:: in which I debunk the Fajita Chicken hype ::
If you are on the internet in any form, I’m sure you’ve seen the constant stream of articles and ads touting the benefits of once-a-month freezer cooking. This is the bizarre practice of preparing a month’s worth of dinners all in one day, then stashing all the food in the freezer like a hoarder. It’s supposed to make life easier, cut down on meal prep time, and generally be an ideal for which we domestic managers should strive. Always up for a new debacle, I decided to try it. I will now relate my experience to you in the form of an imaginary Q&A session.
Question: How do you know what to cook?
Answer: You could go the sensible route and find a freezer meal menu online that breaks down all the meals and ingredients for you. But in reality, it doesn’t matter what you cook. It’s all going to turn into mush and be only nominally edible, so don’t get too worked up about the menu. Cook whatever.
Question: How do I know if my family will like the meals I make?
Answer: Does your family like mushy goop with unidentifiable chunks of vegetable swimming in it? No? Then your family won’t like any of these freezer meals. Know that ahead of time.
Question: I saw a freezer meal menu online that looked pretty good. Why are you being so negative?
Answer: Because I’m hungry. I’ve been eating these disgusting freezer meals for the past three weeks.
Question: If freezer meals are so bad, why are they so popular?
Answer: Because they’re an efficient way to serve dinner. Here’s the secret to freezer meals: all the meals are the same. Island Jerk Chicken is the same as Hawaiian BBQ Chicken is the same as Spicy Chicken Fajitas is the same as Chicken Soft Tacos is the same as Teriyaki Chicken Stir Fry. I chose 10 different meals and I swear I put the exact same ingredients in every bag. It doesn’t take a supersleuth to figure out that it’s the same meal even if the chicken is cubed instead of shredded. Adding a dash of ranch doesn’t make it different, either.
Question: Why are my pots and pans covered in cobwebs?
Answer: Because the only kitchen appliance you’ve used in the past month is your crockpot. By state law, freezer meals always have to be cooked in a crockpot/slow cooker, so they all come out with the same stewy consistency. That never gets old. Oh wait…I guess it does.
Question: Why did we run out of Pepto Bismol earlier than usual this month?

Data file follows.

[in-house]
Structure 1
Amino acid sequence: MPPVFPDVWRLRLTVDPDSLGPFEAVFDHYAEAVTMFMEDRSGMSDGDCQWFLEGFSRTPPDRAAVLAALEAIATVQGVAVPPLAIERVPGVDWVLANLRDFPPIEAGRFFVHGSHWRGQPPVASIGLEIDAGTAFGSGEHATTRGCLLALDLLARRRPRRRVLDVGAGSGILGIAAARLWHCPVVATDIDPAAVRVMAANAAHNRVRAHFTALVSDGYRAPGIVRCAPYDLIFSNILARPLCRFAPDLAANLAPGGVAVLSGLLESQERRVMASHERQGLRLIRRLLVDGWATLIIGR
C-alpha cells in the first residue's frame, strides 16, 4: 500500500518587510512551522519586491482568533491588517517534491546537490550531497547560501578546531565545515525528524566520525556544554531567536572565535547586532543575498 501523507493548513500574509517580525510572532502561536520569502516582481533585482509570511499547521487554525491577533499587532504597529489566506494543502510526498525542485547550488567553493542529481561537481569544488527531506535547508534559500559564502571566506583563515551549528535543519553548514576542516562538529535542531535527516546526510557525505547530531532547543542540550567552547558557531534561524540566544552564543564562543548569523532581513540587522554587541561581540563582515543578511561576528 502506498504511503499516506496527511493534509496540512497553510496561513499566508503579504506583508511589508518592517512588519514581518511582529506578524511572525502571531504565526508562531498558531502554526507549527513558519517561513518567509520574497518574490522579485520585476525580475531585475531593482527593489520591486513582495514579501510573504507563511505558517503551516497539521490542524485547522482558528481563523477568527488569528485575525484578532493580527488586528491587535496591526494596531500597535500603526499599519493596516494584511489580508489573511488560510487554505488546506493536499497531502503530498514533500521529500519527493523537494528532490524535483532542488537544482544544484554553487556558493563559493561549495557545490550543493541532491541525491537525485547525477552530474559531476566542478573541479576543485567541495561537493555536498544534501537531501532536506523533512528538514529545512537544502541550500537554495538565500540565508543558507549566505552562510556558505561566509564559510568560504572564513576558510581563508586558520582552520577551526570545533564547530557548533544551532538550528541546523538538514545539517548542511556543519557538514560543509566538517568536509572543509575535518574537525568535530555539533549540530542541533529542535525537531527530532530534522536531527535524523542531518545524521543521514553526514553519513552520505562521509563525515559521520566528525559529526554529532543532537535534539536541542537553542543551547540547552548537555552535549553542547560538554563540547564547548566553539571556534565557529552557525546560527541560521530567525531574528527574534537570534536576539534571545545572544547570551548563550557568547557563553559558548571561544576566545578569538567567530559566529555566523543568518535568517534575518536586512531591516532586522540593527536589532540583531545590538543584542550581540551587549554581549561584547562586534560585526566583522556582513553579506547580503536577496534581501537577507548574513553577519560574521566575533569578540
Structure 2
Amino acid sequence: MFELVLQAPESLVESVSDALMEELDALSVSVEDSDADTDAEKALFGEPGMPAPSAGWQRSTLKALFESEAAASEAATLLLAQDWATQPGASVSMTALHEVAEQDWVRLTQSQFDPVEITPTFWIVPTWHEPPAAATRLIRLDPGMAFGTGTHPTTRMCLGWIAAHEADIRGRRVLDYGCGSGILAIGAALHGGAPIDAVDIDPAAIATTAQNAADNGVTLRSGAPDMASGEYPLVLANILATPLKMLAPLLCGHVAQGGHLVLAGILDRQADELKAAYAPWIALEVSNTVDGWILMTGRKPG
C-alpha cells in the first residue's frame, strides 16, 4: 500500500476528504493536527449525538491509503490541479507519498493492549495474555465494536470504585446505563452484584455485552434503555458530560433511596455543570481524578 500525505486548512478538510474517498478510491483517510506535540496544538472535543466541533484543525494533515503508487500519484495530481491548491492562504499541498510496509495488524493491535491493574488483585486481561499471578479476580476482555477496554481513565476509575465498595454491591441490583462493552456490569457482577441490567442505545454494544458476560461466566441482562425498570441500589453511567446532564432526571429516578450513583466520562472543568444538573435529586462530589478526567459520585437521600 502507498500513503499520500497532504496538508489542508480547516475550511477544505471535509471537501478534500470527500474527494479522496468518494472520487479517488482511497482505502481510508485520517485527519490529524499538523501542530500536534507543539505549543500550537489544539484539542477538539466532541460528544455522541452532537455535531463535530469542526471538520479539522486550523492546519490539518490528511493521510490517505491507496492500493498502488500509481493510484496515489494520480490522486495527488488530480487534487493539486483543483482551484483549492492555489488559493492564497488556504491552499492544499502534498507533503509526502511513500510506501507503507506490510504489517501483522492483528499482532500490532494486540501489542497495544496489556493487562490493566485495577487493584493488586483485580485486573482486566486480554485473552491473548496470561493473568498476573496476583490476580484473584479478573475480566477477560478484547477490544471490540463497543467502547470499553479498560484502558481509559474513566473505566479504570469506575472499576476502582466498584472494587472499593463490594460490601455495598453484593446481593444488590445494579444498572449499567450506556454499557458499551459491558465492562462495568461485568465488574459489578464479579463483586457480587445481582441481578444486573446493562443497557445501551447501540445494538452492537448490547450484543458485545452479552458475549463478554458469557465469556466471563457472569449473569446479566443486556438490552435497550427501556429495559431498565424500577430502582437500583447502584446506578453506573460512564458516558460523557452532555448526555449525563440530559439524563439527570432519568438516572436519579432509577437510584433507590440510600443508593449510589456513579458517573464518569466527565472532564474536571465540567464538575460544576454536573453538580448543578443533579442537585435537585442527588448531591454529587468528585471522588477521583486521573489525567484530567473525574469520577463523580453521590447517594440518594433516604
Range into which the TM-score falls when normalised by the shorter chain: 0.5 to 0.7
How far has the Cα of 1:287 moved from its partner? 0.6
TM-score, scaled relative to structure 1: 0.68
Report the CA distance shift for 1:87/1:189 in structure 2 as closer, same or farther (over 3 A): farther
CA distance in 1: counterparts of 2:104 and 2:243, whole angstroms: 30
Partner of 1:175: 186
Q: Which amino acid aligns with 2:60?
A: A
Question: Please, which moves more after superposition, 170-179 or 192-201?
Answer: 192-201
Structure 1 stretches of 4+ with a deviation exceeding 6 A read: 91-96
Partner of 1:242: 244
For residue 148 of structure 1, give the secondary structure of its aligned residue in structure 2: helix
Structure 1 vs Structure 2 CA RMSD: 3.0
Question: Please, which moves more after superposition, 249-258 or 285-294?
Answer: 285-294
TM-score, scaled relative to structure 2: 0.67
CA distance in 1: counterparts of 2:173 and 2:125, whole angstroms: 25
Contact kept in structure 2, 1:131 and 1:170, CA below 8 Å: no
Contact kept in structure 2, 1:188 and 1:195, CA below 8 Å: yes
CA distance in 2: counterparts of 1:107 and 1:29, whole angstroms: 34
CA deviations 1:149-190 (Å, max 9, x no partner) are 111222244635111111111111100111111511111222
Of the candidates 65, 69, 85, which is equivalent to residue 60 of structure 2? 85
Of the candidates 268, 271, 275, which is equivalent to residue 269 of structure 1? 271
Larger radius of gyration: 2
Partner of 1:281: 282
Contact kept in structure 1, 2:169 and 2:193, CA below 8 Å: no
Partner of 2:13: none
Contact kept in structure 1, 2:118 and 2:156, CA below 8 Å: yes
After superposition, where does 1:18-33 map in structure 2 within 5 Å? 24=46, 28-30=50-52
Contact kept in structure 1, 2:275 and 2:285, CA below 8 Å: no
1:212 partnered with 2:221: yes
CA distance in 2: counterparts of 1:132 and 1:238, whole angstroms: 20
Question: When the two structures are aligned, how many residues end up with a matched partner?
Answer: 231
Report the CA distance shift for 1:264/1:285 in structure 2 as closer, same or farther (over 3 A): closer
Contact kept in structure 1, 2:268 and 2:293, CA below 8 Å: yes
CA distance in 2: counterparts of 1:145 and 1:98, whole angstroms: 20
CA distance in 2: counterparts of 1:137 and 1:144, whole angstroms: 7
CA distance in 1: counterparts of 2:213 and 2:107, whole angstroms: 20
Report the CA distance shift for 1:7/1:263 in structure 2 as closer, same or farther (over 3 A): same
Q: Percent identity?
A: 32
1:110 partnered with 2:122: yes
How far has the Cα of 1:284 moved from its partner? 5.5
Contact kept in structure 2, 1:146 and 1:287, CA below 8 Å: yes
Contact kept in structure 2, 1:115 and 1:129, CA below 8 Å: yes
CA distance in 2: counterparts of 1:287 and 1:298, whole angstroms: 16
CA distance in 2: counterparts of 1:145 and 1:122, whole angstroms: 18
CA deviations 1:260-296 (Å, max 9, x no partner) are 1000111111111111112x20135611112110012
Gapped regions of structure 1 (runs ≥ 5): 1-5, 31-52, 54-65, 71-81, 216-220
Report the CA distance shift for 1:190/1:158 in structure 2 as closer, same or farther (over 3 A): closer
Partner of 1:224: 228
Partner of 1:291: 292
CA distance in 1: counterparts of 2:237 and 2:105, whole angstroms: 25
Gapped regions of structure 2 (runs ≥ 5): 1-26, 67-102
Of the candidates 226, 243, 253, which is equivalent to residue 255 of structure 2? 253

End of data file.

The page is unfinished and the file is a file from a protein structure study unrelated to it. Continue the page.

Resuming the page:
Answer: Because Hawaiian pork is not supposed to have ketchup in it. And your last five dinners have been served with rice or potatoes. That’s too much rice and potatoes! You need to stop feeding your family these freezer meals. Take what’s left in the freezer and feed it to some seagulls. Free yourself and cook some real food!
Question: Can you be serious for a minute?
Answer: Yes, for you I will. In actuality, we did find three things that worked for our family. First was Chicken Chili. It wasn’t gross and you can freshen it up with tortilla chips, shredded cheese, and sour cream that you add at the time of serving (not in the freezer, in case I needed to spell that out). Second was Sausage and Peppers. It was a couple ingredients different from Chicken Chili, and you can cook it in a skillet rather than the slow cooker. Third was the brilliant idea of browning plain and taco-seasoned ground beef and then freezing it in one pound portions. Those came in handy for quick tacos, spaghetti, and nachos. Other than these exceptions, I stand by my negative review of freezer cooking.
Question: Are you ready for a flood of comments from people who love freezer meals and who are offended by your obviously satirical review?
Answer: Yes I am. Bring it.
2 thoughts on “A Lesson in Freezer Meals”
I don’t like freezer meals either but I always try to have some browned ground beef in my freezer. I also always make two cheesy potatoes and freeze one and bake the other.
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i thoroughly enjoyed this post, the information, the honesty, and the fun Q&A format you chose. keep up the good work!
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